100 | Chapter Three

the moment he published it and even if he had not published it, from the moment he wrote it and constituted it by dedicating it to his "dear friend," the presumed signatory (Baudelaire or whoever effectively signed this text beneath the patronymic and accredited signature of Baudelaire—for let us not be so gullible as to believe that the effective signatory of that comes down to a Charles Baudelaire, any more than we believe the dedicatee goes no further than the name Arsene Houssaye), from the moment he let it constitute itself in a system of traces, he destined it, gave it, not only to another or in general to others than his "dear friend" Arsene Houssaye, but delivered it—and that was giving it—above and beyond any determined addressee, donee, or legatee (we are speaking here of an unconscious figure represented by a "dear friend" or even by a determinable, bordered configuration of public and readers). The accredited signatory delivered it up to a dissemination without return. Why without return? What history, what time, and what space are determined by such a "without return"? Whatever return it could have made toward Baudelaire or whatever return he might have counted on, the structure of trace and legacy of this text—as of anything that can be in general—surpasses the phantasm of return and marks the death of the signatory or the non-return of the legacy, the non-benefit, therefore a certain condition of the gift—in the writing itself.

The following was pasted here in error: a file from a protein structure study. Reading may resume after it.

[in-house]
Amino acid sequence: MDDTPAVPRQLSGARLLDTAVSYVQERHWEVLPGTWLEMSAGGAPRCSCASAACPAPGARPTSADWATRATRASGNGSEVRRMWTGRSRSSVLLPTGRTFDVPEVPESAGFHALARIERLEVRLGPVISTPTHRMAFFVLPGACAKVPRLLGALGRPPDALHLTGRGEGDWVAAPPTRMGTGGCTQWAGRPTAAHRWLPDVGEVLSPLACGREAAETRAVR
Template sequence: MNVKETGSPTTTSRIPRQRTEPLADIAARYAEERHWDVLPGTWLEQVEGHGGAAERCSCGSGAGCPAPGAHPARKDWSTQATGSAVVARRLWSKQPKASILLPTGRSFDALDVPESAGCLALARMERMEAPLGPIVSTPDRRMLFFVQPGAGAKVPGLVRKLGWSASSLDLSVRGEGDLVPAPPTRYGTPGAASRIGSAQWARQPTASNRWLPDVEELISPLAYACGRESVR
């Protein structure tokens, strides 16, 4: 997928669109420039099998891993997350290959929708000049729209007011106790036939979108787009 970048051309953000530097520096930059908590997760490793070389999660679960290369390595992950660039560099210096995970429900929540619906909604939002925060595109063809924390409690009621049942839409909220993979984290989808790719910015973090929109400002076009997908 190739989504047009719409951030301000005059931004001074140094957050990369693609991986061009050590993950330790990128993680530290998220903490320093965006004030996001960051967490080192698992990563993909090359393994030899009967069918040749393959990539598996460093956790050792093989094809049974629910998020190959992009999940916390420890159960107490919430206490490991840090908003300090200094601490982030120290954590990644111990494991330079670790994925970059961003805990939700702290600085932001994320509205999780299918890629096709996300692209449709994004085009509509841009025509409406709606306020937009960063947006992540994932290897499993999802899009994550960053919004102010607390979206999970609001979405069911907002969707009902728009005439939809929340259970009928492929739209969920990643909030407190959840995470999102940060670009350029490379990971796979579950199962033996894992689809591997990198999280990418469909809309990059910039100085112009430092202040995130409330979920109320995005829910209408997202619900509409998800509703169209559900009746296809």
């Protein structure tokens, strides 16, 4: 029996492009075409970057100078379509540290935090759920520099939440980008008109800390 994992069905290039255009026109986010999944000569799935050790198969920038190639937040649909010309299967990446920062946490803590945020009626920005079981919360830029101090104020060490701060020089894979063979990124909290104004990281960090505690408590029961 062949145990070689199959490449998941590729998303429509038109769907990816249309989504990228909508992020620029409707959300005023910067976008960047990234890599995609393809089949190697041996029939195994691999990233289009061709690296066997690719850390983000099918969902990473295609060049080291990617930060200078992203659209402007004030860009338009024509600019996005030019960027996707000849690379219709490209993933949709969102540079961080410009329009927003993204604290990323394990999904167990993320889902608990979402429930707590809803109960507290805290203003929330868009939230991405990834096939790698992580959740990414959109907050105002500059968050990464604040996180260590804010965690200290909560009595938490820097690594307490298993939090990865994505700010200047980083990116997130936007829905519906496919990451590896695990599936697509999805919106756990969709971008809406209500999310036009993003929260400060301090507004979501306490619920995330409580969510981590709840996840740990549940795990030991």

That is why there is a problematic of the gift only on the basis of a consistent problematic of the trace and the text. There can never be such a thing on the basis of a metaphysics of the present, or even of the sign, signifier, signified, or value. This is one of the reasons we always set out from texts for the elaboration of this problematic, texts in the ordinary and traditional sense of written letters, or even of literature, or texts in the sense of differantial traces according to the concept we have elaborated elsewhere. And we are unable to do otherwise than take our departure in texts insofar as they depart (they separate from themselves and their origin, from us) at the departure Ides le depart]. We could not do otherwise even if we wished to do so or thought to do so. We are no longer credulous enough to believe that we are setting out from things themselves by avoiding "texts" simply by avoiding quotation or the appearance of "commentary." The most apparently direct writing, the most directly concrete, personal writing which is supposedly in direct contact with the "thing itself," this writing is "on credit": subjected to the authority of a commentary or a re-editing that it is not even capable of reading.

Jacques Derrida - Given Time page 100